When descending, the Maestro dual pivot is pretty effective at soaking up those bumps big and small. It provides plenty of traction and a touch of ‘pop’ when you want it, the Trunnion mount shock is sensitive and supple at the beginning of its travel and provides plenty of support throughout the stroke. I ran the
without any rebound damping applied, something that is becoming a regular occurrence for me on new metric shocks.
The Yari forks specced give traditional Yari like performance, sensitive in the early stroke but lacking mid stroke ramp up, leaving me running them with more air than I’d really like to give me that support.
I found it difficult to centre my weight on this bike, the short reach making it feel as if you are on top of the bike, rather than in it. Finding that centre point of a longer bike allows you to weight the front and back wheels more effectively, without feeling that as soon as you move backwards the front wheel is unweighted (and therefore without grip). The Hail gives a feeling that is more twitchy and one with a less confident drive forwards. The short dropper post (100mm) also makes no sense here, it was in the way on all descents and I could have easily fitted a 125mm post, maybe even a 150mm dropper if the seat tube insertion allowed for it. Liv says this will be updated to a longer dropper post as soon as possible but there’s no date given.
That high bottom bracket height also adds to the feeling of being on top of the bike, it certainly adds to the feeling of instability, noted most predominantly when the going gets fast and rough. With a wheelbase creeping upwards though at 1188mm, its not the shortest ‘enduro’ bike I’ve ridden and if you don’t want to experiment with a longer bike or tackle the change of riding style that will inevitably be needed as the reach and wheelbase gets longer, the suspension characteristics of the Hail make this not a bad choice for a neat and nimble bike.
Liv says they have created geometry ready for women riders using data to dictate the bike design and build. If the Hail is the product of what women need then I can’t say I’m entirely on board with the movement. I understand that women might have different physical dimension to men and that as an average we might need the bars closer to us for descending for example, but I think that Liv could have taken a different route in the design of this bike that would have produced a more confidence inspiring and more efficient bike.
Tell us what the bike is for, and who it's aimed at. What do the manufacturers say about it? How does that compare to your own :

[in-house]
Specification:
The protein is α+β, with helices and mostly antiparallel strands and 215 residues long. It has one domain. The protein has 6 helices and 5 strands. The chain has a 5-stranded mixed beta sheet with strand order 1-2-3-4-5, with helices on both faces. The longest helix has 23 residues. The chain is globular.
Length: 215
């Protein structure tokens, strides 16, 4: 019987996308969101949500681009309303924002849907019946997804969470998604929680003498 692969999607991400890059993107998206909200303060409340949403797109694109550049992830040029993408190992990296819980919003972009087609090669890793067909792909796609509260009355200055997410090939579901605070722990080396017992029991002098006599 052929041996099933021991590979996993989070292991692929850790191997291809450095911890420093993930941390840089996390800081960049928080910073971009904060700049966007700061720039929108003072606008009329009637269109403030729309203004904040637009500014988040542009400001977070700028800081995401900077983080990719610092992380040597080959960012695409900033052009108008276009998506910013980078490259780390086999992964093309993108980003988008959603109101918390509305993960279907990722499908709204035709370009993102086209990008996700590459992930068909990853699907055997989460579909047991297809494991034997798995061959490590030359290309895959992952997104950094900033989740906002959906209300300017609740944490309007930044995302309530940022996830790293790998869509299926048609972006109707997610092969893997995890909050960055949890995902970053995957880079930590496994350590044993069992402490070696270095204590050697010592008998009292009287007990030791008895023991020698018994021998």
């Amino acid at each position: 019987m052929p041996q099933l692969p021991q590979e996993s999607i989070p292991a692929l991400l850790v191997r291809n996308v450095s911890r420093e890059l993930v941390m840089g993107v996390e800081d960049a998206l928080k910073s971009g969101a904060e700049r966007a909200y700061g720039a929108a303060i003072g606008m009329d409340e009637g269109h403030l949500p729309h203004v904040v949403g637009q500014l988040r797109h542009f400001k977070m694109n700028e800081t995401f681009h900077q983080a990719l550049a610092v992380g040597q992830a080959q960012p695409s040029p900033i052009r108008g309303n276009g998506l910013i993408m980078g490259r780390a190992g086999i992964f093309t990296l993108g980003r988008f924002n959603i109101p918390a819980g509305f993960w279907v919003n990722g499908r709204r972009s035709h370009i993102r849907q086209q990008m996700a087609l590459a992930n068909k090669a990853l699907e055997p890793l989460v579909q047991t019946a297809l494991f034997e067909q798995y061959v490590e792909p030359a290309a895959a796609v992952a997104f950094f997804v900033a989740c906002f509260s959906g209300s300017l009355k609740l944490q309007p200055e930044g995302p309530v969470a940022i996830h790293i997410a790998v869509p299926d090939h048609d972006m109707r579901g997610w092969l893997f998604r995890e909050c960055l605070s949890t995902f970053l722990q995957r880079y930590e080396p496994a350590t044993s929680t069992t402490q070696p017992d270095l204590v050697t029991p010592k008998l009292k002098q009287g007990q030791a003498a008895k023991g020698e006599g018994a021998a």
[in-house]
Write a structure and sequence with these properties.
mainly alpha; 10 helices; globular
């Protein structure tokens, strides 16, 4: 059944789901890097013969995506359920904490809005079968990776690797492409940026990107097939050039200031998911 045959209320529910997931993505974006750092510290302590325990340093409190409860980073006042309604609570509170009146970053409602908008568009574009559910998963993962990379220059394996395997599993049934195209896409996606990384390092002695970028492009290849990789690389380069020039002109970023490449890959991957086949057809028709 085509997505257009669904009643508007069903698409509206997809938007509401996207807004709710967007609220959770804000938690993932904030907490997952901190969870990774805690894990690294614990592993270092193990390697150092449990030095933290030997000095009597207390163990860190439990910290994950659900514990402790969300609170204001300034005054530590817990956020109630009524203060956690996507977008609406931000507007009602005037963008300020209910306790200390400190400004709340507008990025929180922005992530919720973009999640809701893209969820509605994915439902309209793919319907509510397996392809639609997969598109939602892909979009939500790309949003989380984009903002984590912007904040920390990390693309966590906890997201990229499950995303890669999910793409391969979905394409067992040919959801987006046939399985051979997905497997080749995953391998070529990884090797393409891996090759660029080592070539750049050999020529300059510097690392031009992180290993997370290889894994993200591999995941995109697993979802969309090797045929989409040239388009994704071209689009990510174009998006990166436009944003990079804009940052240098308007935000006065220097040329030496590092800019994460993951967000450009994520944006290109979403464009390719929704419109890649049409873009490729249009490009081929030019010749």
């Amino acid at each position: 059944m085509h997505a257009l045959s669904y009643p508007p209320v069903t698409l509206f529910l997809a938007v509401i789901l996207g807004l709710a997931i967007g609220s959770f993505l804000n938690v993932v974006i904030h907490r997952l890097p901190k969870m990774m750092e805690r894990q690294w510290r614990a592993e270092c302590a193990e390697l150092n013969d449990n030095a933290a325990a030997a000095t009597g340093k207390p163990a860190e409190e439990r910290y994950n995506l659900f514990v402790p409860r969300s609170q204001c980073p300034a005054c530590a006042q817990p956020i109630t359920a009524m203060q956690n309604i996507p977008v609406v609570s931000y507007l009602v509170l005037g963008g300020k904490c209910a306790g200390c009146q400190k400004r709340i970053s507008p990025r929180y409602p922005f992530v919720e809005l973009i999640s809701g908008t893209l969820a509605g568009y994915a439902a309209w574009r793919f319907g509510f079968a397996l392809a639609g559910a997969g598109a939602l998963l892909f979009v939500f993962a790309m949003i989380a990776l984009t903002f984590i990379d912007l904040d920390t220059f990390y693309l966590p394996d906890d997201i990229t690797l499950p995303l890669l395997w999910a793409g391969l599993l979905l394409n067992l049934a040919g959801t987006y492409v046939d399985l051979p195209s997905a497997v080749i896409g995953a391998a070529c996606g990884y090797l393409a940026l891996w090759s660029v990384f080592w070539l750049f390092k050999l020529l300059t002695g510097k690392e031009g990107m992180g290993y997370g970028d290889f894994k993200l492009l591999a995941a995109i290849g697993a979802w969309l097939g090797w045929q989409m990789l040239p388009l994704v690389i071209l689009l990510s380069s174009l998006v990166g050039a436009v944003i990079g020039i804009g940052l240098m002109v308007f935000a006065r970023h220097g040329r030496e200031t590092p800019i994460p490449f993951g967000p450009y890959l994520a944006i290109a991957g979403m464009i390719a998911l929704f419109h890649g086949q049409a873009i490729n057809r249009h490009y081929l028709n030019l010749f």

BUILT TO COME ALIVE AT HIGH SPEEDS FOR THE UNCOMPROMISING TRAIL RIDER, THIS ENDURO-CAPABLE BIKE CAN PEDAL AND DESCENDS TECHNICAL TERRAIN LIKE A DREAM.
Hail is meticulously handcrafted around 160mm suspension to balance women on steep, technical terrain, up and down. Predictably drift through fast corners, and confidently hold your line in speed-sucking rock gardens. The lightweight frame design offers climbing prowess to match its descending dexterity. The 27.5-inch wheel size ensures that bike handling is still nimble and playful, perfect for aggressive trail riding, bike park runs and enduro racing.
State the frame material and method of construction. List the components used to build up the bike.:
XS, S, M
Matt Teal / Matt Blue / Matt Green
ALUXX SL-Grade Aluminum, 160mm Maestro Suspension
RockShox Yari RC Solo Air, 160mm Travel, Boost 15x110 Maxle Lite, Tapered, Custom 46mm Offset
The most accurate way to determine any bike’s weight is to have your local dealer weigh it for you. Many brands strive to list the lowest possible weight, but in reality weight can vary based on size, finish, hardware and accessories. All Giant bikes are designed for best-in-class weight and ride quality.
Editor here at off-road.cc, Rachael is happiest on two wheels. Partial to a race or two Rachael also likes getting out into the hills with a big bunch of mates. In the past Rachael has written for publications such as, Enduro Mountain Bike Magazine, Mountain Biking UK, Bike Radar, New Zealand Mountain Biker and was also the online editor for Spoke magazine in New Zealand too. For as long as she's been riding, she has been equally happy getting stuck into a kit review as she is creating stories or doing the site admin. When she's not busy with all the above she's roasting coffee or coaching mountain biking in the Forest of Dean.